Staying in My Lane
If I was a car, I would have had a head-long collision by now. Created a massive pile up I am sure. Because I occasionally spend too much time checking out the other lane and watching what other cars are doing. Which as you will agree is dangerous in an actual car. But it has just as damaging an effect in this imaginary scenario too.
This post has been swirling around in my head for a few days, fragments of this and that with nothing quite coming together. This morning I am writing it as therapy for myself, because I really need to get back into my zone. The "this is why I do what I do" zone. It's so easy to get distracted by everybody else's highlight reel, as the shiny surface of social media and internet facade are so often called. Especially when real life is a little drab or stressful, it's not too hard to flick on the screen and have all that lovely possibility and inspiration at my fingertips. And then comes the part when I start feeling a little left behind or frustrated that it's not working out that way for me.
And that's the thought I really need to catch and throw into the mental trash bin pretty quickly. The reality is, no not everything is perfect and it never will be. I will always have goals and dreams and places I'd like to go, but I am not always in control of my situation to get there as quickly or easily as I would like. It is easy to blame it on circumstances or even finances but deep down, I know that the fact I am just *me* has a lot to do with it. I'm an individual, with my own family, own challenges and the big one: what makes someone else happy doesn't necessarily make me happy.
I would honestly love to be able to stock the shelves of my fabric shop with a lot more, and I will keep that dream in view. Sometimes, it seems like I am running so far behind everyone else. And then I remember: I'm not in a race, or a competition. I'm in my lane, going my direction and if I look sideways too much, I am going to crash. Being grateful and in the moment is something I need to learn. I am not *ungrateful* in the real sense of the word, but there is a place of calm that I reach, when I draw back to "what I have got is what I need right now", and when the time is right, things will happen. And comparison is the thief of joy.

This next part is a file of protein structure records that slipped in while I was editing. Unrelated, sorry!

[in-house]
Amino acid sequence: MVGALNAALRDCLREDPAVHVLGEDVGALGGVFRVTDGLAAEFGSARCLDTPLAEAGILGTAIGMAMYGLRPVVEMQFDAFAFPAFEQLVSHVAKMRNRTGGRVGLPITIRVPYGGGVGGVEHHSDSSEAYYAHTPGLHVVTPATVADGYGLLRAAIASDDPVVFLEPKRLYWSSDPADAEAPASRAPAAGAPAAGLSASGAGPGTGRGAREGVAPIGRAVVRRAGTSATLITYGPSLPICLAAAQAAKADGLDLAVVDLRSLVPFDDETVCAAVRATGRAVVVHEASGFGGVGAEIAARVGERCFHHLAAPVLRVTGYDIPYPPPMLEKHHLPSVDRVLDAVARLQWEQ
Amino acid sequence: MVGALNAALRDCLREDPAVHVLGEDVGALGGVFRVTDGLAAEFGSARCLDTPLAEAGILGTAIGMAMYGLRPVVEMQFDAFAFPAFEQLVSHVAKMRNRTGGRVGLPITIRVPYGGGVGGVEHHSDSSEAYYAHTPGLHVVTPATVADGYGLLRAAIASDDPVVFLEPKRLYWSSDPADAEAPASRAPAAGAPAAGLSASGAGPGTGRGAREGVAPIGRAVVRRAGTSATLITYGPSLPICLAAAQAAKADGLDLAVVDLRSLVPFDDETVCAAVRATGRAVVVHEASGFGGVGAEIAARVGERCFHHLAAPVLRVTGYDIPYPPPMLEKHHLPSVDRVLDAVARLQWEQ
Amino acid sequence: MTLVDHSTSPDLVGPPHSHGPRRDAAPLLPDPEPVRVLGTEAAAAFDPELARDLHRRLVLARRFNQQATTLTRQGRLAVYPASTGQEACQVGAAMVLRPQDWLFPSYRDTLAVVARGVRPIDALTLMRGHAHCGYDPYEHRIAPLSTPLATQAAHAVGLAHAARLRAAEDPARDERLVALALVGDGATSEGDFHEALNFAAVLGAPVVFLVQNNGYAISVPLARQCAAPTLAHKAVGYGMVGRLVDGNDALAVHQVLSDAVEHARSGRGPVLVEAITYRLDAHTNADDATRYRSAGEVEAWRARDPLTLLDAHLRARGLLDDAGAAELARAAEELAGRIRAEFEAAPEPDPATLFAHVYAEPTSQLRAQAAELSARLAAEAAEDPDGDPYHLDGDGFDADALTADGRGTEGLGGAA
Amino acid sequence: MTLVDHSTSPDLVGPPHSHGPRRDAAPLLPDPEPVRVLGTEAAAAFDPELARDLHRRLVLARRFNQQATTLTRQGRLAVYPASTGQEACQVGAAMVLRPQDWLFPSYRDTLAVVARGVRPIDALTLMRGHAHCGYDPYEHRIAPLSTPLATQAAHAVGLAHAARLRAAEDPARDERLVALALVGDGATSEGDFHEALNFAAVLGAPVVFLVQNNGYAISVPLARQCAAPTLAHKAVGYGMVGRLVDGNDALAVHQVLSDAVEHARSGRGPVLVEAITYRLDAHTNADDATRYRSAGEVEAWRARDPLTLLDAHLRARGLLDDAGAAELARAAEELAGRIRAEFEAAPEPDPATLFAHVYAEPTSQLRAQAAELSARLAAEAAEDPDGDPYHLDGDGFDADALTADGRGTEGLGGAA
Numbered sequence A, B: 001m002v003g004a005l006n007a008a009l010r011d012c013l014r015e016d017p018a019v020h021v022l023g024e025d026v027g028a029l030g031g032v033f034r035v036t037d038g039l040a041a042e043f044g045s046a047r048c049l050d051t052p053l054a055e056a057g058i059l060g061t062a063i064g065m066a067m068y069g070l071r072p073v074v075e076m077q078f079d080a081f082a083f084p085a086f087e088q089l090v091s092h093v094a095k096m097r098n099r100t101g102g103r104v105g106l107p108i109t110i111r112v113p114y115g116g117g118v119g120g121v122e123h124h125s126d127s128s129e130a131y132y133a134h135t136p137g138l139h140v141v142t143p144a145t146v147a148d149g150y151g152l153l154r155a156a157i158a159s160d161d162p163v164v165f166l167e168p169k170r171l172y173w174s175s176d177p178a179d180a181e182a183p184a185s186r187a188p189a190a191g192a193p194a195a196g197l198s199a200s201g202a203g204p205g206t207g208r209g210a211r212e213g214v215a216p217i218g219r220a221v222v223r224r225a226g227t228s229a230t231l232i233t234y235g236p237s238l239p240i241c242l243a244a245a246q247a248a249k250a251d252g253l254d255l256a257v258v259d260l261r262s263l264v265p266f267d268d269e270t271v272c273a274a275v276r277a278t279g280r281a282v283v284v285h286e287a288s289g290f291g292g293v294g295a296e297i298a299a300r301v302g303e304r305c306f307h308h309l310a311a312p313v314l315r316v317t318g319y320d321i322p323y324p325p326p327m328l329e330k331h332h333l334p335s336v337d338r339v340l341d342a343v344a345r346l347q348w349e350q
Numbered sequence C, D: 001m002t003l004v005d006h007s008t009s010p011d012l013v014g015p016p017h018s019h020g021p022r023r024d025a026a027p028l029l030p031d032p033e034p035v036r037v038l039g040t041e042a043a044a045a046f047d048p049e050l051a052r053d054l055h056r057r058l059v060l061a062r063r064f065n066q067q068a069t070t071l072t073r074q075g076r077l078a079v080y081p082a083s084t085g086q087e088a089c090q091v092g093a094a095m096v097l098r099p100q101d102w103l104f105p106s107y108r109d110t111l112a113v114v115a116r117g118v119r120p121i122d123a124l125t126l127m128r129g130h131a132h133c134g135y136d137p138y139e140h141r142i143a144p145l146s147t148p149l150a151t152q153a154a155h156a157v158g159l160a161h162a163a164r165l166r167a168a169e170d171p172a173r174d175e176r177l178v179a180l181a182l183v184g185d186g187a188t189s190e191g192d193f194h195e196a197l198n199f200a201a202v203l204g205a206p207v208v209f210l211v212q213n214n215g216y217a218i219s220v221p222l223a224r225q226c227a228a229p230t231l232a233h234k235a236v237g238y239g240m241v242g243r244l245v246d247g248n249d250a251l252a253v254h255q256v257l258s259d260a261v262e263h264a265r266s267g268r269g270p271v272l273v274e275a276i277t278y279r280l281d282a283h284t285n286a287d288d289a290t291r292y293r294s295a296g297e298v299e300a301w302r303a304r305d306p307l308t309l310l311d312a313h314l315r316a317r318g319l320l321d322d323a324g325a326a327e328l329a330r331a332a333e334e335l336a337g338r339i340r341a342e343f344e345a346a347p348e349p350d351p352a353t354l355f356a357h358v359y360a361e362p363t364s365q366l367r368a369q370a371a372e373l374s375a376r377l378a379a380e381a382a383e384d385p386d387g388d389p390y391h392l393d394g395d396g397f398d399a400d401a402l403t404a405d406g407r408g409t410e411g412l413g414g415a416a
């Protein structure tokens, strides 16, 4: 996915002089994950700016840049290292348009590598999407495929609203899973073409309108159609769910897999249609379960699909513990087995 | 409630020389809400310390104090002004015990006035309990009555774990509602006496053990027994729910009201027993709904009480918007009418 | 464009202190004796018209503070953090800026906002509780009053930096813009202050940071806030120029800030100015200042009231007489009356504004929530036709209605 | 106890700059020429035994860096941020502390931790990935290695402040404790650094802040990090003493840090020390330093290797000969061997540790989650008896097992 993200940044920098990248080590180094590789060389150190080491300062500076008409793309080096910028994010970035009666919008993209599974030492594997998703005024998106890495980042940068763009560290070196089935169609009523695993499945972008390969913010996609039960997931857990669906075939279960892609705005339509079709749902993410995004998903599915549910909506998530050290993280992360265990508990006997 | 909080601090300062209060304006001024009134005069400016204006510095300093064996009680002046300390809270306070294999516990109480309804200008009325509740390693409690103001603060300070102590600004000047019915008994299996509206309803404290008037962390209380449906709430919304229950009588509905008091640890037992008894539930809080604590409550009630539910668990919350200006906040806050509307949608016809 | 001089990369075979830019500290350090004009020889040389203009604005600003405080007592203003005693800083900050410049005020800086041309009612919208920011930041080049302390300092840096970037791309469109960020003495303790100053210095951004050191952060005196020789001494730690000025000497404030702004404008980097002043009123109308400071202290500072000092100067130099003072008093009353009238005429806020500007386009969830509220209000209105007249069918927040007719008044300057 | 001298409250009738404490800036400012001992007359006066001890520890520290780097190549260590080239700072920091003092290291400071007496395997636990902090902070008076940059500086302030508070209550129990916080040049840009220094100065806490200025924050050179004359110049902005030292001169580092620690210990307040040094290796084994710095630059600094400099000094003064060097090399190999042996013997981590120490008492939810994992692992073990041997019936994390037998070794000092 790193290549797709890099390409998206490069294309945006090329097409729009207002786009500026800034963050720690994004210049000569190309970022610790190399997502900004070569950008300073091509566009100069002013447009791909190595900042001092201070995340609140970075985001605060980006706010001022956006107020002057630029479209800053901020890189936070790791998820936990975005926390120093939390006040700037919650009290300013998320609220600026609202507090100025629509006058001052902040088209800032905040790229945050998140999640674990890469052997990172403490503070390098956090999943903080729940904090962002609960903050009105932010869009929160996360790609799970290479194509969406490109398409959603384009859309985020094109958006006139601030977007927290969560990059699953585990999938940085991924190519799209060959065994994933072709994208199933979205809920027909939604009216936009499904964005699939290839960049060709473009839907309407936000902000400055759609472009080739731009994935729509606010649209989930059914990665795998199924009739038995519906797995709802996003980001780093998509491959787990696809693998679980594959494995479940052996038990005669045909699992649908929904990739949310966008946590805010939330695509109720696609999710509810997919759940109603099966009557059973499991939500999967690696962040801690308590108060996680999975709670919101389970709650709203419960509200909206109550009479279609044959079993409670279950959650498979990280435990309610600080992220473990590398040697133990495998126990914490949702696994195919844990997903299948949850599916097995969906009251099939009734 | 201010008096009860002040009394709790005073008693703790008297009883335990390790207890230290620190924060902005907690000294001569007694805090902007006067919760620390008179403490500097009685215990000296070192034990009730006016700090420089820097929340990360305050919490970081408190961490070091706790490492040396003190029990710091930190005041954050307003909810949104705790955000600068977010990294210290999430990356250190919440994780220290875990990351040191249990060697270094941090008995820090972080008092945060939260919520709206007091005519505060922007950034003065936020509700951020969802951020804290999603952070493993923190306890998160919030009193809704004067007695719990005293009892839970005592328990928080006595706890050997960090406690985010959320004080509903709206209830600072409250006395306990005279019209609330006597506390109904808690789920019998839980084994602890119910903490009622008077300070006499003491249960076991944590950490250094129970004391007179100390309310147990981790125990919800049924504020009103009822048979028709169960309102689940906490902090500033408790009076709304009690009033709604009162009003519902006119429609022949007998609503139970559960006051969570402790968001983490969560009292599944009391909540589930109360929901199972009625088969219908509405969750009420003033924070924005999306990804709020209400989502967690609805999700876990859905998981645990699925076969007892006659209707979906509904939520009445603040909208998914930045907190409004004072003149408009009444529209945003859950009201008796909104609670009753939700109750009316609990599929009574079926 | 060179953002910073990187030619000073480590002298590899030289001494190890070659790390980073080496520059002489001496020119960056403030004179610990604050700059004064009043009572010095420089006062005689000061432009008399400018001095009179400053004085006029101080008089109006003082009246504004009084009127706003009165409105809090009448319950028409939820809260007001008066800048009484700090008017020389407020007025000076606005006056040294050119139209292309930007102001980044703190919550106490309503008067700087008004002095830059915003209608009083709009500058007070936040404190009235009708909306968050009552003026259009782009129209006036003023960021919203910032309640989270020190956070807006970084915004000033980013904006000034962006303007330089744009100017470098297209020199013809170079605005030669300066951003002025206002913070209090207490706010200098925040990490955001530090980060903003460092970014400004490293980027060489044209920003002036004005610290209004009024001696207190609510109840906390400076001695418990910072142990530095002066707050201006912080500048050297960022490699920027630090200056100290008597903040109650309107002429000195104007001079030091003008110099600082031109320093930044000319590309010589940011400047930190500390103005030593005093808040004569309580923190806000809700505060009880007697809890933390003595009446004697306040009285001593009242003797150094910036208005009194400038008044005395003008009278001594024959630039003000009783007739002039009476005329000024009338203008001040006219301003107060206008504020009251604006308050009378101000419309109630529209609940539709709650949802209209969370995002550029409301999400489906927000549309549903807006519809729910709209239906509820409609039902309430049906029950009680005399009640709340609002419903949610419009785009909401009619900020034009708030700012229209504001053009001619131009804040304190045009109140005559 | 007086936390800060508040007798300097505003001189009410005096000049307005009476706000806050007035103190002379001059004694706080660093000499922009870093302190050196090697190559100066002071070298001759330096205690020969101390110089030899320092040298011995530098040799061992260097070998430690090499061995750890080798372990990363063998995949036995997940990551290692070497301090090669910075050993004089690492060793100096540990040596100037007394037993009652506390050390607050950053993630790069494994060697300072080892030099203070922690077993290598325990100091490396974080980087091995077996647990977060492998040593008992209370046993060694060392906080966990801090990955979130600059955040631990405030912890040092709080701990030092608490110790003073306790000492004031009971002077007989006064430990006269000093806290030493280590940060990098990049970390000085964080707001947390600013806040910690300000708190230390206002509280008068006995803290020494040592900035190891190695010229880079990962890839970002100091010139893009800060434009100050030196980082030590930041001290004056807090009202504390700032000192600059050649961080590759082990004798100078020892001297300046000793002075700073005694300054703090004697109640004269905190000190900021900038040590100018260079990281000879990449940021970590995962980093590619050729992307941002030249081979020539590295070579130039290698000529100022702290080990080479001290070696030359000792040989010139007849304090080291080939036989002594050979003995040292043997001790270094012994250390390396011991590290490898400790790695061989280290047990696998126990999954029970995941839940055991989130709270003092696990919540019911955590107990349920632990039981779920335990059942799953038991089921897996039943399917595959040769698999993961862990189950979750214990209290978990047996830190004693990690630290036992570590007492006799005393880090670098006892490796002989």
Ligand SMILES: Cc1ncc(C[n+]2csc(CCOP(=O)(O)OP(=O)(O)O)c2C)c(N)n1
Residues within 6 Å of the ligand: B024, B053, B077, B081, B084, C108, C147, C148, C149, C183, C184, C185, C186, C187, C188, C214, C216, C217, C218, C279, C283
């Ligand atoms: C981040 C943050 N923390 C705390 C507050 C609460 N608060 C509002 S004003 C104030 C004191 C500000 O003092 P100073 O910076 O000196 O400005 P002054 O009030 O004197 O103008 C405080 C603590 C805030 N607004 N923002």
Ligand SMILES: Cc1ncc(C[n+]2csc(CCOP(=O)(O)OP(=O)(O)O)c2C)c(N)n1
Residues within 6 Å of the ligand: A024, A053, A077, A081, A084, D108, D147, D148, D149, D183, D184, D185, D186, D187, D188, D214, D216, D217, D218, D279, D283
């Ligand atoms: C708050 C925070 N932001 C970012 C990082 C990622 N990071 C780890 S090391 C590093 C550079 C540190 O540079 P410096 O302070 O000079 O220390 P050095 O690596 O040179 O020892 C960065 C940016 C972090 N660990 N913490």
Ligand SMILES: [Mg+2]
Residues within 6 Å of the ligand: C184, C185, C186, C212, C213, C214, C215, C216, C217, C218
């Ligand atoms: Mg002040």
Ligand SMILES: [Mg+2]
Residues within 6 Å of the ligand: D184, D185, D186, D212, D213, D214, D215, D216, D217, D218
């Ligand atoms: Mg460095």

I would have *loved* to continue my clothing business, absolutely would have loved it. But, I could no longer sustain the hours myself and I was unable to outsource the making. Partly because it wasn't possible financially, and partly, because I have these niggling ethics. I felt like I already had to buy so much 'made overseas' clothing and that there were already enough people somewhere-over-yonder not being paid much to make people, like me if I had gone this route, have an easier lifestyle. Having done the long, hard yards myself and suffering the health effects of too much time on a sewing machine, I couldn't justify doing this to someone else. I don't put my own choices on anyone else at all, I am a zero judgement person and also realistic. But I know what I can and can't do...and when something doesn't sit in my gut right, I can't do it. These things I have to remind myself of when I see other people who have gone that route and basically (on the surface at least) are doing what I only dreamed of.
And call me lazy or whatever, but I no longer wish to work those long-hours to get myself anywhere faster. I did that and it didn't make me happy. I now subscribe to the work smarter, not harder theory. And am getting better and better at quitting stuff if I feel like it's too much. Because outside goals, plans, hopes for this and that - there is actually life, and other people in it. And life is pretty empty without the happiness and contentment of having people around you, and enjoying just being me. I saw somewhere that society wears busy like a badge of honour these days. Busy doesn't always equate to happy or even productive. So I'm bucking the busy trend, I'm going to be the shameful person who isn't just too busy. I'm going to quit what isn't working, what I can't fit in and be cool with it. (I will have to remind myself I said this!) Ps. Quitting stuff is hard!
I half suffered an identity crisis (sort of, but not, I don't have another word for it!) when I first finished up my clothing business last year and I am still finding my way out of that. I am still a bit of a bumble bee, buzzing busily here and there, sometimes having no clue as to what I really would like to do. Is that how you feel when you leave work for some reason, such as having children or different plans? You might be excited about the future and know the possibilities/joy it holds, but at the same time, so much of the old you was tied to that job/work/business? Food for thought anyway.
In short, being happy and content in where life holds one, is a bit more complicated than it sounds. That's what I have discovered. I am continually having to remind myself WHY I chose to do what I am doing and not become blinded by the headlights of other cars. To stay in my lane and realize my direction is specific and important to me. Everyone is different and for me, work will only get a person so far and I just don't want to throw off what is actually more important to me for it - and that is my family. And having fun. And my dog.
It's probably a good thing the business is named after him. Somedays, when I have been too busy, I look down and see that little face and it's big dark eyes saying "hey, slow down and spend some time with me." Henry is a constant reminder that there are others who need me outside work, and that life has much more in it than whether or not my business is working out the way I want or need it to.